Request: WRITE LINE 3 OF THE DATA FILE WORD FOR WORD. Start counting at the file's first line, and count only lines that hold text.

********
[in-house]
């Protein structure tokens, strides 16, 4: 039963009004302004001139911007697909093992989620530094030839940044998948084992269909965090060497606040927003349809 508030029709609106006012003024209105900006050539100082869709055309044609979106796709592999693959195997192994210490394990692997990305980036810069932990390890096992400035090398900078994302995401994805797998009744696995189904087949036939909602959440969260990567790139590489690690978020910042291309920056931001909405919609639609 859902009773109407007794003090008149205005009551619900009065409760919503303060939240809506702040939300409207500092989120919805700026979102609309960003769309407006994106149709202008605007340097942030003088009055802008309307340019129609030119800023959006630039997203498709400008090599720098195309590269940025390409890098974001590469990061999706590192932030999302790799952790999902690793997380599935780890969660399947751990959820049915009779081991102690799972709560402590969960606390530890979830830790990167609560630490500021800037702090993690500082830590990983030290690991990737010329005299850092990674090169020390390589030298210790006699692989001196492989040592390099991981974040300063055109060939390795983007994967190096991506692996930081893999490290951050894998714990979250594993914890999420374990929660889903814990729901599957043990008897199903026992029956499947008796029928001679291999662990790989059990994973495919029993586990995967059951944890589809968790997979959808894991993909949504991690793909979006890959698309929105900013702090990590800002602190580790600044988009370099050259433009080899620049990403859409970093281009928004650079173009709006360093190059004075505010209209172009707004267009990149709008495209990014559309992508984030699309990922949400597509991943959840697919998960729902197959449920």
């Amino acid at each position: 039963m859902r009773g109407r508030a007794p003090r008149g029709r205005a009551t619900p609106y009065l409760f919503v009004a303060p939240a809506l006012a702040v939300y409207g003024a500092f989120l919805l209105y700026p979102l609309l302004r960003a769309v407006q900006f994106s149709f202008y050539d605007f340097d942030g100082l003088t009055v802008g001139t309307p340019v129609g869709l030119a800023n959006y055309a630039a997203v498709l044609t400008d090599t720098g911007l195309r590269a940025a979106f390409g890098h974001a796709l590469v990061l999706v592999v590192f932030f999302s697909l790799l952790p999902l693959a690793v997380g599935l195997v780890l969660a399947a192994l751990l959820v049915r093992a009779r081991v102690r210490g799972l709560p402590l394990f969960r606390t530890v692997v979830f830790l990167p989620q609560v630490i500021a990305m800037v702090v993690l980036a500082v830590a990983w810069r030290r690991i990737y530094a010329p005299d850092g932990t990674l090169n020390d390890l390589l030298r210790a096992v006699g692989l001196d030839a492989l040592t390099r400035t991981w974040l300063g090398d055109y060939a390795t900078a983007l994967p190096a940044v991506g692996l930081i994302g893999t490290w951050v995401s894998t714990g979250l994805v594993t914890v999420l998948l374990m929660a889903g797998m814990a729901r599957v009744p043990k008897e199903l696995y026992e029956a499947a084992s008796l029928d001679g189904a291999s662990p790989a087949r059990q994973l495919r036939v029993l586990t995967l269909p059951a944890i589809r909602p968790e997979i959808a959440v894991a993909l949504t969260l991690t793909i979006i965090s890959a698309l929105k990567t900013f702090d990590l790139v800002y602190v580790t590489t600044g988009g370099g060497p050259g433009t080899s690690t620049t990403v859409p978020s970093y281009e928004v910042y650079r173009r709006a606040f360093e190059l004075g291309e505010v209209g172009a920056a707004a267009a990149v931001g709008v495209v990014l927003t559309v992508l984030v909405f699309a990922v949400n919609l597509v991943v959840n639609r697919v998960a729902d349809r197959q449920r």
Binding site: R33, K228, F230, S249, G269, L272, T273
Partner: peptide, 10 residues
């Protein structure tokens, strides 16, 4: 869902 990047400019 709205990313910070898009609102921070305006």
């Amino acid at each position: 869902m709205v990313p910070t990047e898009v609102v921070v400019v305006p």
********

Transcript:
């Amino acid at each position: 039963m859902r009773g109407r508030a007794p003090r008149g029709r205005a009551t619900p609106y009065l409760f919503v009004a303060p939240a809506l006012a702040v939300y409207g003024a500092f989120l919805l209105y700026p979102l609309l302004r960003a769309v407006q900006f994106s149709f202008y050539d605007f340097d942030g100082l003088t009055v802008g001139t309307p340019v129609g869709l030119a800023n959006y055309a630039a997203v498709l044609t400008d090599t720098g911007l195309r590269a940025a979106f390409g890098h974001a796709l590469v990061l999706v592999v590192f932030f999302s697909l790799l952790p999902l693959a690793v997380g599935l195997v780890l969660a399947a192994l751990l959820v049915r093992a009779r081991v102690r210490g799972l709560p402590l394990f969960r606390t530890v692997v979830f830790l990167p989620q609560v630490i500021a990305m800037v702090v993690l980036a500082v830590a990983w810069r030290r690991i990737y530094a010329p005299d850092g932990t990674l090169n020390d390890l390589l030298r210790a096992v006699g692989l001196d030839a492989l040592t390099r400035t991981w974040l300063g090398d055109y060939a390795t900078a983007l994967p190096a940044v991506g692996l930081i994302g893999t490290w951050v995401s894998t714990g979250l994805v594993t914890v999420l998948l374990m929660a889903g797998m814990a729901r599957v009744p043990k008897e199903l696995y026992e029956a499947a084992s008796l029928d001679g189904a291999s662990p790989a087949r059990q994973l495919r036939v029993l586990t995967l269909p059951a944890i589809r909602p968790e997979i959808a959440v894991a993909l949504t969260l991690t793909i979006i965090s890959a698309l929105k990567t900013f702090d990590l790139v800002y602190v580790t590489t600044g988009g370099g060497p050259g433009t080899s690690t620049t990403v859409p978020s970093y281009e928004v910042y650079r173009r709006a606040f360093e190059l004075g291309e505010v209209g172009a920056a707004a267009a990149v931001g709008v495209v990014l927003t559309v992508l984030v909405f699309a990922v949400n919609l597509v991943v959840n639609r697919v998960a729902d349809r197959q449920r």